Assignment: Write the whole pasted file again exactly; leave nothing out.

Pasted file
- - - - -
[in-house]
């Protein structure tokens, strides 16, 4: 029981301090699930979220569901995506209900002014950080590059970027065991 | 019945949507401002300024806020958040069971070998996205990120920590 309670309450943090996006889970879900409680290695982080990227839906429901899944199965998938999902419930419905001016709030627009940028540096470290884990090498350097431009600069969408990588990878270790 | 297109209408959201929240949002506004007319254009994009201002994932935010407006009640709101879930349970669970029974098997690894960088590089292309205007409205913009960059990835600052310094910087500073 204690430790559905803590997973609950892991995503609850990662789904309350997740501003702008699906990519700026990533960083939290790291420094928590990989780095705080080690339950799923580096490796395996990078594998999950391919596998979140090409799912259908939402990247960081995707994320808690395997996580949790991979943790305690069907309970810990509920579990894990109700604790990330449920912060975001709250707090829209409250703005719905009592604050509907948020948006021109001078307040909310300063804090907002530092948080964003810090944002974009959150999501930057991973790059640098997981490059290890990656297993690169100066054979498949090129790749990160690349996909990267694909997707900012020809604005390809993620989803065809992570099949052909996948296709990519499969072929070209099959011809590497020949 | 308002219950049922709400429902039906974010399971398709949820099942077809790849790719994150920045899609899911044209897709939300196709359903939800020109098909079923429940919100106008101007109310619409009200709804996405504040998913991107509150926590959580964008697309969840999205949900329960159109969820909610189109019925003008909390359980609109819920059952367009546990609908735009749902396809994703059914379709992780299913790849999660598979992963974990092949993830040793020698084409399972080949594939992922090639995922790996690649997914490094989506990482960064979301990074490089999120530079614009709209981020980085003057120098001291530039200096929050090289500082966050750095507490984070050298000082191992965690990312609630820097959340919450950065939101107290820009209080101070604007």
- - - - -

[in-house]
């Protein structure tokens, strides 16, 4: 029981301090699930979220569901995506209900002014950080590059970027065991 | 019945949507401002300024806020958040069971070998996205990120920590 309670309450943090996006889970879900409680290695982080990227839906429901899944199965998938999902419930419905001016709030627009940028540096470290884990090498350097431009600069969408990588990878270790 | 297109209408959201929240949002506004007319254009994009201002994932935010407006009640709101879930349970669970029974098997690894960088590089292309205007409205913009960059990835600052310094910087500073 204690430790559905803590997973609950892991995503609850990662789904309350997740501003702008699906990519700026990533960083939290790291420094928590990989780095705080080690339950799923580096490796395996990078594998999950391919596998979140090409799912259908939402990247960081995707994320808690395997996580949790991979943790305690069907309970810990509920579990894990109700604790990330449920912060975001709250707090829209409250703005719905009592604050509907948020948006021109001078307040909310300063804090907002530092948080964003810090944002974009959150999501930057991973790059640098997981490059290890990656297993690169100066054979498949090129790749990160690349996909990267694909997707900012020809604005390809993620989803065809992570099949052909996948296709990519499969072929070209099959011809590497020949 | 308002219950049922709400429902039906974010399971398709949820099942077809790849790719994150920045899609899911044209897709939300196709359903939800020109098909079923429940919100106008101007109310619409009200709804996405504040998913991107509150926590959580964008697309969840999205949900329960159109969820909610189109019925003008909390359980609109819920059952367009546990609908735009749902396809994703059914379709992780299913790849999660598979992963974990092949993830040793020698084409399972080949594939992922090639995922790996690649997914490094989506990482960064979301990074490089999120530079614009709209981020980085003057120098001291530039200096929050090289500082966050750095507490984070050298000082191992965690990312609630820097959340919450950065939101107290820009209080101070604007």